Council Briefs: Variety of Issues Addressed at March 7 Council Meeting

With Mayor John Muhlfeld out of town for the March 7 city council meeting, Deputy Mayor Frank Sweeney and councilors successfully dealt with a myriad of agenda items.

Main water supply rejection approved

In an unusual twist on typical council procedure, the director of public works, Craig Workman, asked the council to reject the only bid received for the construction of the new Spokane Avenue water main. The offer was rejected.

“It’s new to me, I don’t think I’ve seen it before,” Sweeney said.

Workman said six contractors had applied and were qualified to bid on the project, but only one construction bid was received on Feb. 24.

“The offer was from Sandry Construction for $3,402,963,” Workman said. “That was about 70% more than our estimate for building the project which was $2 million.”

Workman said plenty of time was given for the bid and there were no requests for more time, but the short construction window caused several contractors not to bid on the project.

Staff will re-bid the project and allow contractors to begin construction this fall and finish next spring, completing work in two phases, Workman added.

“It will attract more competition and provide the city with more profitable construction costs, Workman said.

City to Bid for Phase 3 of Armory Park

The city hopes to move forward with the next phase of Armory Park improvements which could include the construction of new mixed-use trails, the addition of benches, and improvements to WAG Park.

Whitefish’s Armory Park is the largest park in the city, covering 30 acres and it’s time for phase three of the Armory Park Master Plan which was updated by the park board in 2019. At the board meeting, Parks and Recreation Director Maria Butts requested permission to proceed. with the tender for this part of the plan.

According to the staff report, this phase includes the construction of a shared-use path, irrigation improvements, parking and drainage improvements in the base offering. Butts also outlined seven additional alternatives that will be considered, including a new well, tree planting and improvements to WAG Park.

The project’s estimated budget is $749,700 with all potential upgrades and the project’s current budget is nearly $200,000 lower, Butts said. When the staff receives an offer, they review the construction costs and decide which alternatives to include, according to the staff report.

Council has authorized the application and if an acceptable offer is received and approved, construction is expected to begin in June and be completed in August.

Music School at Smith Fields

City staff recommended that council approve a lease amendment that will, among other things, allow the North Valley Music School (NVMS) to lease a portion of the land and build a new school. In 2004, Project Whitefish Kids (PWK) donated approximately 51 acres of land known as Smith Fields to the city, and the city leased Smith Fields to PWK.

Gloria Nelson, executive director of PWK, and Diedre Corson, executive director of NVMS, spoke during public comments in support of the lease amendment agreement. Corson said she is looking forward to the collaboration between the city, Project Whitefish Kids and North Valley Music School.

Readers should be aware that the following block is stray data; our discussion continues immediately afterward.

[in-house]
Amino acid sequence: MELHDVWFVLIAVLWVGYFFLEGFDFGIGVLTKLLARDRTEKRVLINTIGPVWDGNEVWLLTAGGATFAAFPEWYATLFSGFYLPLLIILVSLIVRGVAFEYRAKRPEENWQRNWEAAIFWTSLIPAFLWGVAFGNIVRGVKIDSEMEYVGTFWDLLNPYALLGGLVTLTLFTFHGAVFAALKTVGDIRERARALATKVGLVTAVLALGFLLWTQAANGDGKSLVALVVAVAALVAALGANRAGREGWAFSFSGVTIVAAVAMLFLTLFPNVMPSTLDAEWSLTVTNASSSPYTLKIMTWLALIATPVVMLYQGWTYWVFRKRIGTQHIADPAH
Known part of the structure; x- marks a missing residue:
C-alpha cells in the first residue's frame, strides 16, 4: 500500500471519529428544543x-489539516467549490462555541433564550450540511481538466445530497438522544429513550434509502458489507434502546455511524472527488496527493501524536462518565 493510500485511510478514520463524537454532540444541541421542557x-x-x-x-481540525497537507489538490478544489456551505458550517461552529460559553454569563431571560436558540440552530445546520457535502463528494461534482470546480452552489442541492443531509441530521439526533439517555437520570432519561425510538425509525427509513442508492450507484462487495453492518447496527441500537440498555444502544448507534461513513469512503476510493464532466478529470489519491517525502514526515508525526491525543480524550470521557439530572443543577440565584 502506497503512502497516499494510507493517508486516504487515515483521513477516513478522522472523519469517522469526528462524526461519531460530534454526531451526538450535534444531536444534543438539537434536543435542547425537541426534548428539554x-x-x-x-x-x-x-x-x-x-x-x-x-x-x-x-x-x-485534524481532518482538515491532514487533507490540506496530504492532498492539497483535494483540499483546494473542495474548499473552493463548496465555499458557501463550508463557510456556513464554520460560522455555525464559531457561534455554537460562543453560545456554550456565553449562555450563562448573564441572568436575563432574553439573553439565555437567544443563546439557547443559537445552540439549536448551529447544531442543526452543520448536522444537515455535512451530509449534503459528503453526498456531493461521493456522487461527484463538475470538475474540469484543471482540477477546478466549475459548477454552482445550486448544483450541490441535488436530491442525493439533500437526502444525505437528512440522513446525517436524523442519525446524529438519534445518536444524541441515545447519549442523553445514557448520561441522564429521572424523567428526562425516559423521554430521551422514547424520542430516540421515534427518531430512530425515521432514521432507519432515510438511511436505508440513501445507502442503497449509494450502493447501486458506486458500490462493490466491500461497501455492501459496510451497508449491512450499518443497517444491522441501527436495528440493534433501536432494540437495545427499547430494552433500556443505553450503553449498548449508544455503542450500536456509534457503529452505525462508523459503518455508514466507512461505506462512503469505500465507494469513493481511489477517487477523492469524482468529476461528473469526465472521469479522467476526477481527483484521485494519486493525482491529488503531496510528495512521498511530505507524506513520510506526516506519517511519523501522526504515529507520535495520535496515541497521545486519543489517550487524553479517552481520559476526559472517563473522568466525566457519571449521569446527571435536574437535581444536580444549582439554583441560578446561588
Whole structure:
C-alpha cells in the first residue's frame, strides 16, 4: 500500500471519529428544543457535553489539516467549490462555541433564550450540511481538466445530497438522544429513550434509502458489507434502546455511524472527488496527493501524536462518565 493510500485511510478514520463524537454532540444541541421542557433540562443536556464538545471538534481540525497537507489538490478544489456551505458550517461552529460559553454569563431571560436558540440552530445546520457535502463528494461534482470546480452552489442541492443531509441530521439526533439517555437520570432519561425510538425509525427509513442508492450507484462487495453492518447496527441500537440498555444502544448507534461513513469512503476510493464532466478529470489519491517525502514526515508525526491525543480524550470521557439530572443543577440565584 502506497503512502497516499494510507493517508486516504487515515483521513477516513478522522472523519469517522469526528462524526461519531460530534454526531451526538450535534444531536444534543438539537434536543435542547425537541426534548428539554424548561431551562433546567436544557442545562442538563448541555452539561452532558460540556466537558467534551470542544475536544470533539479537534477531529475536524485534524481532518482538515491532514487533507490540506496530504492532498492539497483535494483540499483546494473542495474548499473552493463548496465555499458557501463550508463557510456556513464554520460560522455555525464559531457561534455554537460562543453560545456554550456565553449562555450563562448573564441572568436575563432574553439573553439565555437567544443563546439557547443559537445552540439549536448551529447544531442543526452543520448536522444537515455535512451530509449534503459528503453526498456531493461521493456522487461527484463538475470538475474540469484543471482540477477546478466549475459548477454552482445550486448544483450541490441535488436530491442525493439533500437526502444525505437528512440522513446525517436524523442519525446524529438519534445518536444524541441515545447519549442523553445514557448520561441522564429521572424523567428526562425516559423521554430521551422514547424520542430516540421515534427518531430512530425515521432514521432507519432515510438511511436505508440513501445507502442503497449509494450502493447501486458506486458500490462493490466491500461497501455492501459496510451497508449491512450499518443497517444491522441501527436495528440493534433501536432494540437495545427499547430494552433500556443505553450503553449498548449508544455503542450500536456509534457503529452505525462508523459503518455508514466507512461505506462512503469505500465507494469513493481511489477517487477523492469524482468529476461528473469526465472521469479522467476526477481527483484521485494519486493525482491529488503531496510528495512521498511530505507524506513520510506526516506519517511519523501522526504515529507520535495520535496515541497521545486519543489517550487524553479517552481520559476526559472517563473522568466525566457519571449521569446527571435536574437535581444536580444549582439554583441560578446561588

“We look forward to the next 70 years with our new lease to create a fabulous youth recreation facility for our entire community. We are currently working on finalizing the sublease with North Valley Music School,” Nelson said.

City staff report outlines proposed changes to lease, including 70-year term, clarified liability insurance requirements, ability for Project Whitefish Kids to sell liquor in conjunction with fundraising events and removing provisions requiring PWK to submit financial reports to the city.

The amendment is adopted unanimously.

City amends Twins lease

During the meeting, Parks Manager Maria Butts explained the long-term lease agreement between the Glacier Twins and the city, as well as the Memorandum of Understanding (MOU) that was approved at the time of construction. a Verizon tower on the property eight years ago.

Last week, the city was seeking approval to change the deal.

The amendment includes increasing the insurance listed on the lease from $1 million to $1.5 million. This does not cost the city more as it was already established in a previous MOU, but now the insurance coverage will be correct in the original lease. The amendment also added that the park board should be consulted when the twins consider subletting the stadium to an outside party.

A 25-year lease between the city and the Glacier Twins began in 2003. In 2014, a memorandum of understanding was drafted for the construction of a Verizon tower on the property. It amended the emphyteutic lease and modified the insurance clause.

On March 7, Butts asked council to pass the resolution amending the Glacier Twins’ long-term lease on the Memorial Park land.

There were no questions and Council approved the resolution.

Changed daycare numbers

The item with the longest title on the evening’s agenda was the quickest to deal with. The request sought to redefine the number of individuals allowed in family child care centres, increasing the number from 12 to 15 children.

“This is a fairly straightforward text amendment to Title 11,” explained Tara Osendorf, long-range planner in Whitefish’s planning department. “The recommendation from the planning board was to recommend approval to council.”

There were no questions from council and no public comment; the case passed unanimously.

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